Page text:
Sports Illustrated said that Bonds, when informed of the book on Tuesday morning and asked if he was concerned, told reporters, "Nope. I won't even look at it [the book]. For what? I won't even look at it. There's no need to."
Authors Fainaru-Wada and Lance Williams write in the book that Bonds' drive to steroids began because he was jealous of St. Louis Cardinals slugger Mark McGwire, who staged one of the most memorable individual duels in baseball history in 1998 when he hit 70 home runs to Sammy Sosa's 66, according to Sports Illustrated.
The book says that Bonds told his mistress Kimberly Bell that the media and baseball was going easy on McGwire, who admitted using the supplement andro in 1998. "They're just letting him do it because he's a white boy," the book cites Bonds as telling Bell.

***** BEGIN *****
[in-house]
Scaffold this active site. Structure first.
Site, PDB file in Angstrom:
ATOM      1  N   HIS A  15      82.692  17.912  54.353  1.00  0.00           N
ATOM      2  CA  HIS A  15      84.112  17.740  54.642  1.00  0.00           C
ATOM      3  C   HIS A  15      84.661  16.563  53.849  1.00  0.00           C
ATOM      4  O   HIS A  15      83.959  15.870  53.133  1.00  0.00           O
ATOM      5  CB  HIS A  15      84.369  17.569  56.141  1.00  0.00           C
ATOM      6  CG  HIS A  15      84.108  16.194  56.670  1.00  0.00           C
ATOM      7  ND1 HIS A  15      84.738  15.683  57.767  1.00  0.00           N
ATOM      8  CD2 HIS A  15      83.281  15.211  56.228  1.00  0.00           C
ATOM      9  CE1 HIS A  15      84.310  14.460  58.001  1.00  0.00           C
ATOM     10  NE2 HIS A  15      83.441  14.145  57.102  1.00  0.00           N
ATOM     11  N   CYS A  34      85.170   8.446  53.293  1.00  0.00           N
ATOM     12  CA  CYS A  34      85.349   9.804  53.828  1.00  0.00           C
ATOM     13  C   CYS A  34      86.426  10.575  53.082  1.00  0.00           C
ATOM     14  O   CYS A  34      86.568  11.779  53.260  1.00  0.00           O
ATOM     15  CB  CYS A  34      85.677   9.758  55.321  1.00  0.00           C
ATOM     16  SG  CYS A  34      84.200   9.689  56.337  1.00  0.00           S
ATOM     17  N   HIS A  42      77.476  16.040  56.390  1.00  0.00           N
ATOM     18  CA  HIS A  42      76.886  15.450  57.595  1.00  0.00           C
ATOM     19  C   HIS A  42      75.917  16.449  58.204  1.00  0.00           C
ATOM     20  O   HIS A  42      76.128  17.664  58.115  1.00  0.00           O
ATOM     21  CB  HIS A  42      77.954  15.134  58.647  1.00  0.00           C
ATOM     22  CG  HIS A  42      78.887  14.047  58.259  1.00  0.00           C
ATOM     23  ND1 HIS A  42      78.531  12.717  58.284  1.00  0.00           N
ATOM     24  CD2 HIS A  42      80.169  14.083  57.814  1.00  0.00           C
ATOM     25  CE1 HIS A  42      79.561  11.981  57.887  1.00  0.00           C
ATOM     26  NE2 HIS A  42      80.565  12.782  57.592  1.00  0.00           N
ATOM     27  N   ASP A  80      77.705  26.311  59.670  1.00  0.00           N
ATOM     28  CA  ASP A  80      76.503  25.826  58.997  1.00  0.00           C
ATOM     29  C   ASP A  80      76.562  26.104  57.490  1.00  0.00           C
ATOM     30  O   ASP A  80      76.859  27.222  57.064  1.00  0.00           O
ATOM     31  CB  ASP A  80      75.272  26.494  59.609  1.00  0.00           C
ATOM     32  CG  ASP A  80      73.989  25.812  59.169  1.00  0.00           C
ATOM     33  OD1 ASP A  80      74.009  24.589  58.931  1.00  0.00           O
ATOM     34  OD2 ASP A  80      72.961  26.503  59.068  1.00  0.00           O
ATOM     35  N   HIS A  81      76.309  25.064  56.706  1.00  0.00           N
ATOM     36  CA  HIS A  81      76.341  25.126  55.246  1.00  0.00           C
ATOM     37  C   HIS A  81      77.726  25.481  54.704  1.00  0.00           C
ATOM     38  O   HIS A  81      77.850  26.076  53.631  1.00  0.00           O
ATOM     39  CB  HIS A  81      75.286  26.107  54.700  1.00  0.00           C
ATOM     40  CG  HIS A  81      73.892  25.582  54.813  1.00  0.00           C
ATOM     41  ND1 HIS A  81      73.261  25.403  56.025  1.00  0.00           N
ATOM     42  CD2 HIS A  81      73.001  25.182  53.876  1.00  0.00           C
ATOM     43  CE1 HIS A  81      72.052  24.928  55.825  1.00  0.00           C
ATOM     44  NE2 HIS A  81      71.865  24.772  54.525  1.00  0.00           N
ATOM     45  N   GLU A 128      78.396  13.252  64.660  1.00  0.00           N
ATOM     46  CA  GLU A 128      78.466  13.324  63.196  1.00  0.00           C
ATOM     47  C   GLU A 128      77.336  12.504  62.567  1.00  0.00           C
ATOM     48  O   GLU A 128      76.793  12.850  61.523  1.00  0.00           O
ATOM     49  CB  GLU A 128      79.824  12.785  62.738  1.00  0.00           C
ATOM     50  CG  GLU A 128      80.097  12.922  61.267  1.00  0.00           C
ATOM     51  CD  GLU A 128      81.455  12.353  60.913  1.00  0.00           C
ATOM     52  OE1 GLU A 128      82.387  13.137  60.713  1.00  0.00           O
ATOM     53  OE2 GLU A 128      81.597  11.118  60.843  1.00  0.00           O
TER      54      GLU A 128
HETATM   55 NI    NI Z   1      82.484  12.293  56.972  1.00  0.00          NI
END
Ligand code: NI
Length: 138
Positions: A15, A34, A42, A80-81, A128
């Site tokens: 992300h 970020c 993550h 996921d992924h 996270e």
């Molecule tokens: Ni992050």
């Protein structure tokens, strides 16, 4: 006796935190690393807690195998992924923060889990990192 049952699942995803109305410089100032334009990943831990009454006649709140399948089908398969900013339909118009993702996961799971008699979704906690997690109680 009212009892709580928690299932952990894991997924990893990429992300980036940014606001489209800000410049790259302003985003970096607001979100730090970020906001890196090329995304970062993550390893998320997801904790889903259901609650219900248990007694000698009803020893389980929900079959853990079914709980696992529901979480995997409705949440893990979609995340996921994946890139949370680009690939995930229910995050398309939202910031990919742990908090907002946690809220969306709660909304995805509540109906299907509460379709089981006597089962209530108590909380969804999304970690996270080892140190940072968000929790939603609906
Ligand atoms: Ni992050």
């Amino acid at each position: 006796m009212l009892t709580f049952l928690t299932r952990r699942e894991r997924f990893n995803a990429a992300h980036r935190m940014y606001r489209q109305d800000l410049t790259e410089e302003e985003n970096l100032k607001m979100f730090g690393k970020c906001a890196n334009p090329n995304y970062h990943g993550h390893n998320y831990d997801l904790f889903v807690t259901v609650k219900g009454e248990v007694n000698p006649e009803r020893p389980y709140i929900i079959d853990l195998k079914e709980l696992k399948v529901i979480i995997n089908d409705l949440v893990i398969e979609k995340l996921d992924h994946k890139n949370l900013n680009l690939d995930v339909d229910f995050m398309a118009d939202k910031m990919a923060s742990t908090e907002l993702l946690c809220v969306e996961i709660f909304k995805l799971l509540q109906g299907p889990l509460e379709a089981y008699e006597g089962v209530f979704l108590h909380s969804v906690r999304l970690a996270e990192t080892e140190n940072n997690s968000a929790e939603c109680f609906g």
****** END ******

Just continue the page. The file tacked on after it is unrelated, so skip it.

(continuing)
After that season, Bonds -- who hit 37 home runs that year -- turned to good friend and physical trainer Greg Anderson, a workout fiend and known for his ability to obtain steroids and growth hormone from AIDS patients in San Francisco who sold their legal prescriptions for money, the book says.
The book says the Giants learned that Anderson was connected to a gym known as a place where one could obtain steroids and that he was possibly a dealer, according to the SI report. But the Giants let Anderson have free reign at their facilities because they did not want to upset their best star Bonds.
The book cites Bonds' dramatic increase in home run production. He averaged one homer for every 16.1 at bats through 1998, when he turned 34. Since then, in the seven seasons of 1999 through 2005, Bonds has hit a home run for every 8.5 at bats.
After Bonds began taking Winstrol, also known as stanozolol, taken by disgraced sprinter Ben Johnson and baseball star Rafael Palmeiro, Bonds added 15 pounds of muscle in 100 days, the book says.